In 2008, Reverend Watty delivered the Reunion address at the Fort Young Hotel. The first celebration of Reunion Year was ten years earlier in 1988. Again, his text appeared in my 2014 publication, and looking at the text now, it is a refreshing contribution to the advancement of our Kwéyòl lexicon — notice how the Kwéyòl (French and African) is juxtaposed with the Kokoy (the English and African) in his presentation. My text read:

  • Dominican performers and musicians … sported a lyrical language representing encounters between Africa, England, and France between their people’s holocaust in an evil trade in black skins. That language used by musicians in the 1970s was referred to as patois (patwa), one that Reverend William Watty would describe as having all the qualities of a language, plus a structure similar to that of Hebrew. Ha-ha!

Delivering an address on visionary thinking at Dominica’s Fort Young Hotel to mark the end of Reunion Year 2008, he told the gathering and radio audiences, “If you study patois, you will see that it is an African language into which French words were inserted.” He continued, “I suspect that the language was very sophisticated because I have found close resemblances between the structure of sentences in Patois and Biblical Hebrew. The most important word was the word that was spoken first. Not back to front. The Hebrew would never say ‘I am going to Roseau’ unless he meant that I, was different from somebody else. If it was not that he meant, he would say, ‘to Roseau, I am going.’ And that is how we speak Patois. And, the repetition, ‘is run I running’ is Hebrew … These are not broken languages we’re speaking. These are sophisticated languages into which French words have been inserted. There are resemblances in sentence structures between the Marigot Kokoy and the St. Joseph Patois—the words are different—one speaks it in English and the other speaks it in French—but the structured sentences show these people have come from the same tribe” (Calypso Drift: Chapter 25, 2014).

As for the Hebrews, St. Paul addressed them, producing in the process a universal definition of faith (Hebrews 11:1) and referred to God as an all-consuming fire! (Hebrews 12:29). Pan-Africanist Ferdie Blanc told me, Hebrews were Black people with wooly hair!

I mean Reverend Watty was truly controversial that night at the Fort Young, stating that the Kalinago were not the first people to live in Dominica. That was not a popular view. Who knows, even as the Kalinago celebrate Kalinago Week in September 2023, they may use the opportunity in this century to set the record straight. Reverend Watty was of the view that Europeans met Kalinago on the island and wrote their histories, but the Kalinago were not the first people to live on Dominica. Did he mean to diminish Kalinago’s historical value? Oh no! They were much greater peoples with a much deeper history than Europe cared to establish. Should they now take hold of their greater progeny? Absolutely. Point of entrance in 21st. century thought!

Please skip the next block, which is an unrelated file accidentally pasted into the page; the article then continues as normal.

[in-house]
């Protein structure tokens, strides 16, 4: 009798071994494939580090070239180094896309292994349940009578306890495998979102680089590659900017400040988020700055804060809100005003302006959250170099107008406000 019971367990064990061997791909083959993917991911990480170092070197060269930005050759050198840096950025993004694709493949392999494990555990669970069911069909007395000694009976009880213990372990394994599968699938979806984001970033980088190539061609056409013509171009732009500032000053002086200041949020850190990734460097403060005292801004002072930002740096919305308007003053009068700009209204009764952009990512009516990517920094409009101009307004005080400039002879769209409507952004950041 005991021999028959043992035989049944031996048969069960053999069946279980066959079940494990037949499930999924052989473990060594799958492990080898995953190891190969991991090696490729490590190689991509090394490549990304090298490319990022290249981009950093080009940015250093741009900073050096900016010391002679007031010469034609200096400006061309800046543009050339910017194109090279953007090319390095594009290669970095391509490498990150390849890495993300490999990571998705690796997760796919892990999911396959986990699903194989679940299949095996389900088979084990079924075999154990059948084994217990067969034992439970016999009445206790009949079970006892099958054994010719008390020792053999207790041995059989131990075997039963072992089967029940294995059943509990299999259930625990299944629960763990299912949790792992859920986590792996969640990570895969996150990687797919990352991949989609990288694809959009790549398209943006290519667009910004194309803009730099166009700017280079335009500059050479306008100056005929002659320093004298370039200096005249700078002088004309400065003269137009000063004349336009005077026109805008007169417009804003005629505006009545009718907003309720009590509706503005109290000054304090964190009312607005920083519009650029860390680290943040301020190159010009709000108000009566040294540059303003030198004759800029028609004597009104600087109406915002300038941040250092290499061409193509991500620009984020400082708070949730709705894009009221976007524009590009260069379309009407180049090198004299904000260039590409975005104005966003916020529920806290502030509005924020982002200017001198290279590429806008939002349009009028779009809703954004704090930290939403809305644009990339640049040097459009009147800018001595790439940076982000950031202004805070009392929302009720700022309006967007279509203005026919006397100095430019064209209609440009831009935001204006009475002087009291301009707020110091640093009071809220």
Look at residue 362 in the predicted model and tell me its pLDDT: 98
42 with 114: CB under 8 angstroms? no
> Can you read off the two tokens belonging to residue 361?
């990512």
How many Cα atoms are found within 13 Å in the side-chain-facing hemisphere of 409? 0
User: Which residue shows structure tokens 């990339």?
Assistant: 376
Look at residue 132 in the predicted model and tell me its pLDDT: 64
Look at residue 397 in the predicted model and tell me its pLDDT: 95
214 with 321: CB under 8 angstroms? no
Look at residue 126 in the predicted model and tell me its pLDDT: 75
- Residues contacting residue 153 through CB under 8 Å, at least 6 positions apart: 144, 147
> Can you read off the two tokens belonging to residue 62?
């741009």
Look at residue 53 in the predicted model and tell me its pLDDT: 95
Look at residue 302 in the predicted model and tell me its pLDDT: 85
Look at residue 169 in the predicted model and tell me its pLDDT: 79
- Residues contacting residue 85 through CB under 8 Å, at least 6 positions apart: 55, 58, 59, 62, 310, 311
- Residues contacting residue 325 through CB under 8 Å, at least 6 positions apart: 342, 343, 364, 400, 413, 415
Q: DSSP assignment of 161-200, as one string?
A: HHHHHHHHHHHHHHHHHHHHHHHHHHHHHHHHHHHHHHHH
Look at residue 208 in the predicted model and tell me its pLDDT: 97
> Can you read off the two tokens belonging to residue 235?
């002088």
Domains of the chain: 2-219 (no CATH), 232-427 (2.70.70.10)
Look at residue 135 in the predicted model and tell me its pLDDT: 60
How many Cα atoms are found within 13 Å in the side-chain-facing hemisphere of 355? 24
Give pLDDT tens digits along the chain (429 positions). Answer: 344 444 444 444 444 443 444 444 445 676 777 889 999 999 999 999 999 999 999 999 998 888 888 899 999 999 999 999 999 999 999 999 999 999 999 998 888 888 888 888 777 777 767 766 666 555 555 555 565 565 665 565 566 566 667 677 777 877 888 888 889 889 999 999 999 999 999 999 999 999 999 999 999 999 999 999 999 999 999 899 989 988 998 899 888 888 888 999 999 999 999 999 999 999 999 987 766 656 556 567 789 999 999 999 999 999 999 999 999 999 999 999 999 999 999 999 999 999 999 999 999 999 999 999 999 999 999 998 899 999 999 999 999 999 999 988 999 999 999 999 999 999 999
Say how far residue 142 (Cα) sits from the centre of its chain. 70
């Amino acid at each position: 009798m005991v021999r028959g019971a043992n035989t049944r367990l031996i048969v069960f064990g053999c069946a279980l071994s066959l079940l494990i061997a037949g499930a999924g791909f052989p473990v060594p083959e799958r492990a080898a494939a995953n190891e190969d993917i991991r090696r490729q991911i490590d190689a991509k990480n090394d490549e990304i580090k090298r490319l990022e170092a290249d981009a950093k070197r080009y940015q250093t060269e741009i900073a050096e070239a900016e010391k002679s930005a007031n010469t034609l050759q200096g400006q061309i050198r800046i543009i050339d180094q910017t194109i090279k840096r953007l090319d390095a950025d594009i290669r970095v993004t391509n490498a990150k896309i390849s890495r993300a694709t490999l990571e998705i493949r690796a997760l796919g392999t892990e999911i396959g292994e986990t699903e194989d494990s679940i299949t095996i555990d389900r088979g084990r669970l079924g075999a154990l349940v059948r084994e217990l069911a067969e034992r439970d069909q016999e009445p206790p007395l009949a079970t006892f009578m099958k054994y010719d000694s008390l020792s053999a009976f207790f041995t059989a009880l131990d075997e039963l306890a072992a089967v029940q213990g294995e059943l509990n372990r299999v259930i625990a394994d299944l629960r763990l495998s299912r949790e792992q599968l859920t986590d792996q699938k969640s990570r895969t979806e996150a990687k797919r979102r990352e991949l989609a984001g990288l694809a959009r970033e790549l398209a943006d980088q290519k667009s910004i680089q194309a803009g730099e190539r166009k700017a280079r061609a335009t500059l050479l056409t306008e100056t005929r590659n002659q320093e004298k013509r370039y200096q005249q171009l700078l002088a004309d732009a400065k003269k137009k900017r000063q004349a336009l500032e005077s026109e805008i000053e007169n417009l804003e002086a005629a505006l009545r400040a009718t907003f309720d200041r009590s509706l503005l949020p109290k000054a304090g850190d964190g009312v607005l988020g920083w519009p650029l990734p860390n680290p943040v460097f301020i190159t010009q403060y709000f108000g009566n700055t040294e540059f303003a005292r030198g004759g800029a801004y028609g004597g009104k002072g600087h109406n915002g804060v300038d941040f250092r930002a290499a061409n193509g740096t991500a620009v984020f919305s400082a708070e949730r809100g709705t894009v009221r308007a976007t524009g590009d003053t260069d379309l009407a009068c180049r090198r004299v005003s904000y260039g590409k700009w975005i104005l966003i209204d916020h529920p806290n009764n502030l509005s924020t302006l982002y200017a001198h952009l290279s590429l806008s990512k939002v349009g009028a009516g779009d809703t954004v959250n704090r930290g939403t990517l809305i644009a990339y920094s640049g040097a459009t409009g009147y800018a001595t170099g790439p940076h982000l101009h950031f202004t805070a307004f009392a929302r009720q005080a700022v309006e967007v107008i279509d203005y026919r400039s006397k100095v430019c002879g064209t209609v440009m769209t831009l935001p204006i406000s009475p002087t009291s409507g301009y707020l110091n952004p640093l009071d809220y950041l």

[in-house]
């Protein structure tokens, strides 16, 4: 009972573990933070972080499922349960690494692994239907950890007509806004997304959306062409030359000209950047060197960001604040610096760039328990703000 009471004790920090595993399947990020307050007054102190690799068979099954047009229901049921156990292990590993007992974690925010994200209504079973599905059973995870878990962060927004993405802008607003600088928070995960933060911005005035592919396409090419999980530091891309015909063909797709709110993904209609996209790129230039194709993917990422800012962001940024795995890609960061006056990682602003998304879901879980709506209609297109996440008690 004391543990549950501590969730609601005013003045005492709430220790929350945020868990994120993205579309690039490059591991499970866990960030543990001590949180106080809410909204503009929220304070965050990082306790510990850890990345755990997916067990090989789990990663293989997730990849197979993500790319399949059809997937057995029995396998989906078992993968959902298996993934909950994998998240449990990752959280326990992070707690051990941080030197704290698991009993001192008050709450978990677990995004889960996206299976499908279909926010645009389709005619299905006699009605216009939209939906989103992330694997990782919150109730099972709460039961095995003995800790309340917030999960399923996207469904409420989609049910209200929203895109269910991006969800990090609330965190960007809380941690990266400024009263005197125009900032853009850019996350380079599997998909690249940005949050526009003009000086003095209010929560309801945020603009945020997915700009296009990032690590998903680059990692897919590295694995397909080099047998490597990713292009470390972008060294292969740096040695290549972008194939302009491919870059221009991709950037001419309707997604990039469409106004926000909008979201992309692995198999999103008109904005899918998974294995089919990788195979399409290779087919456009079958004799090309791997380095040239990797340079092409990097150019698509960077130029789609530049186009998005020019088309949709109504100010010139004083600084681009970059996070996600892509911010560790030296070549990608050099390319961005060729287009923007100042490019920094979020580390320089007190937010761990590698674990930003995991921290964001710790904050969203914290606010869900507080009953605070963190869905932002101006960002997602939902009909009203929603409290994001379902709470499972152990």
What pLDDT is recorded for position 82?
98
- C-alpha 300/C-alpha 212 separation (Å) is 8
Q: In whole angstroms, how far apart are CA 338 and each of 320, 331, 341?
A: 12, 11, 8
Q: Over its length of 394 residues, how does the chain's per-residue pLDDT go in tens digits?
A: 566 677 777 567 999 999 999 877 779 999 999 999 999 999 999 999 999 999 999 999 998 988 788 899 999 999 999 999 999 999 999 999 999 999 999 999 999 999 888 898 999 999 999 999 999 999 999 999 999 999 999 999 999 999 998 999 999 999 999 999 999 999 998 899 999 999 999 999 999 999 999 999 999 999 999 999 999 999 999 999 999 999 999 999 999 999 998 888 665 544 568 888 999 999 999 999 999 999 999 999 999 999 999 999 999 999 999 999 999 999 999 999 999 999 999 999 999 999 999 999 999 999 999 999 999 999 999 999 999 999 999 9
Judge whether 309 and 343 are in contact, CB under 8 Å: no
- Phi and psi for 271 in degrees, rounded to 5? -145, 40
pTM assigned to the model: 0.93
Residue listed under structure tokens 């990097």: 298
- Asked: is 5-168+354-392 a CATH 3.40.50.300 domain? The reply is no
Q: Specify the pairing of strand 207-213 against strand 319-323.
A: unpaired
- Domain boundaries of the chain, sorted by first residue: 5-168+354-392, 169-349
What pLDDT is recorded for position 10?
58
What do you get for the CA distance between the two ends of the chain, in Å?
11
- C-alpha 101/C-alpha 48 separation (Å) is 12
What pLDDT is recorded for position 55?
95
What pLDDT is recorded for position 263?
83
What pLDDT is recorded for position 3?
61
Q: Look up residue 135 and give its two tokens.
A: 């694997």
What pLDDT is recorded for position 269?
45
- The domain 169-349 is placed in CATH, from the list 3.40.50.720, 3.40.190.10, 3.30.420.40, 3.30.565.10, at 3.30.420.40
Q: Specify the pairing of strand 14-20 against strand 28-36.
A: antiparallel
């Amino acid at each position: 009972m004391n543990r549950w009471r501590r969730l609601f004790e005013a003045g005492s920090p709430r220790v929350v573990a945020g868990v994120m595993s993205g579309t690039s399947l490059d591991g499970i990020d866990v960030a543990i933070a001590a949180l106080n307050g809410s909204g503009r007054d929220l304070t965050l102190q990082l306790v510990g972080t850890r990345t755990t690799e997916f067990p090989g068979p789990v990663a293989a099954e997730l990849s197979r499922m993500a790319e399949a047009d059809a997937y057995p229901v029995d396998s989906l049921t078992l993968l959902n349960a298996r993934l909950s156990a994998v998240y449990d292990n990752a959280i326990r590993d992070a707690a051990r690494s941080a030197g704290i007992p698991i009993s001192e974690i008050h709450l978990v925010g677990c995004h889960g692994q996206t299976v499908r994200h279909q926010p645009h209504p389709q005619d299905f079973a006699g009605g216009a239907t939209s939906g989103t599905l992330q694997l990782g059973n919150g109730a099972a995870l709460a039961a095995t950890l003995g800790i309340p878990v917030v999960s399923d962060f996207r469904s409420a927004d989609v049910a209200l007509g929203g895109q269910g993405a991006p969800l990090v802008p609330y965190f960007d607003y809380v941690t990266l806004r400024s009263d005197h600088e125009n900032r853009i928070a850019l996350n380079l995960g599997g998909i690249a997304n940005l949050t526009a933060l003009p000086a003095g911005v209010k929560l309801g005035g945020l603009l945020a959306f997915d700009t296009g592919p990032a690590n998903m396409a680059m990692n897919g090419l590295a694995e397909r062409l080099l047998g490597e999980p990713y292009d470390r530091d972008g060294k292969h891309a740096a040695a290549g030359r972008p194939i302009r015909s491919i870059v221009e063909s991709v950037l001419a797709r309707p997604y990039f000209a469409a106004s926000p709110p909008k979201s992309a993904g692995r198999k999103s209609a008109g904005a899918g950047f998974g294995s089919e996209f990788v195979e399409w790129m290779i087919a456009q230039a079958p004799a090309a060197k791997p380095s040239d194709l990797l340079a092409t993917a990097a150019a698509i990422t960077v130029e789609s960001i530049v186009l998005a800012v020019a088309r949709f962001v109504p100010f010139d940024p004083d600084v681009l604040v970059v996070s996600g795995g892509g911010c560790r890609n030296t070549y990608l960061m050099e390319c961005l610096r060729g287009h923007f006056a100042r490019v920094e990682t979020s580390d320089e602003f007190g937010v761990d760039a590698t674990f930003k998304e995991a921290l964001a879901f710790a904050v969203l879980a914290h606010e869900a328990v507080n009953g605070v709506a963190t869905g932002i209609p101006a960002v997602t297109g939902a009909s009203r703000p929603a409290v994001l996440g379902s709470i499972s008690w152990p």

The last time Reverend Watty and I spoke at length, he was telling me about his sermon at Wallace House (Portsmouth Methodist Church) on Easter Sunday 2023. “I was so happy to see so many young people in the congregation. So many of them.” He reminded me that he was approaching 90 years old and cherished the opportunity to preach on such an important Sunday in the Methodist and Christian calendar.

What he told me resonates to this minute even as I write. I had repeated his saying many times over the last month to friends and loved ones, barely cognizant of his spirit visiting. He said, “I told them, ‘You are the Resurrection.’”

Yes, my Twenty-First Century family, friends, citizens of Dominica, and the world, “You are the Resurrection!” The Kingdom of Heaven is alive and active within you! Live the risen Christ, he was saying to those young ones gathered (possibly by way of their ancestry one hundred years before). They were being invited to look into the energy inside them, to realize their new value, to become aware that they were born again, are being born again, are alive again, are life itself in all its glory!

Then, of course, he was a master of the text and the hermeneutic. He cautioned me as a student and potential scholar, that whenever a chapter in The Bible begins with the word “therefore,” you should read the chapter before to uncover what is thus being consolidated. An example can be found between Hebrews 11 and 12.

And then, there was this about how biblical texts were seen (I did not want to write perceived). He would say, to keep in mind that the Church Fathers of the time kept and removed sections. At that time, we were discussing Nicodemus’ who came to Jesus by night; why he used the cover of night; and why Jesus stunned him with his reply to the extent that Nicodemus’ voice did not appear in the last eleven verses of their conversation (John 3).

I keep feeling as I write this that death should be a celebration, but I am experiencing a sense of loss and sadness. It is how and who we are, is it not? Every now and then the sorrow rises in us. His wife and children, his sister and brothers who are still alive will know this emotional sweep no matter their age. I am just thankful that he came along and in the world of our ever-becoming, he met with my wife and children and me in the Twentieth and Twenty-First centuries while our ancestors joyfully went about their work. I am thankful to God and to Christ that We met Us!

I continue to hear him, “for God so loved the world that he gave his only begotten Son, that whosoever believeth in him should not perish, but have everlasting life NOW.” He placed in the NOW!

PS: If you so desire, you may find copies of “Calypso Drift” at:

https://www.xlibris.com/en/bookstore/bookdetails/542123-calypso-drift

RELATED ARTICLES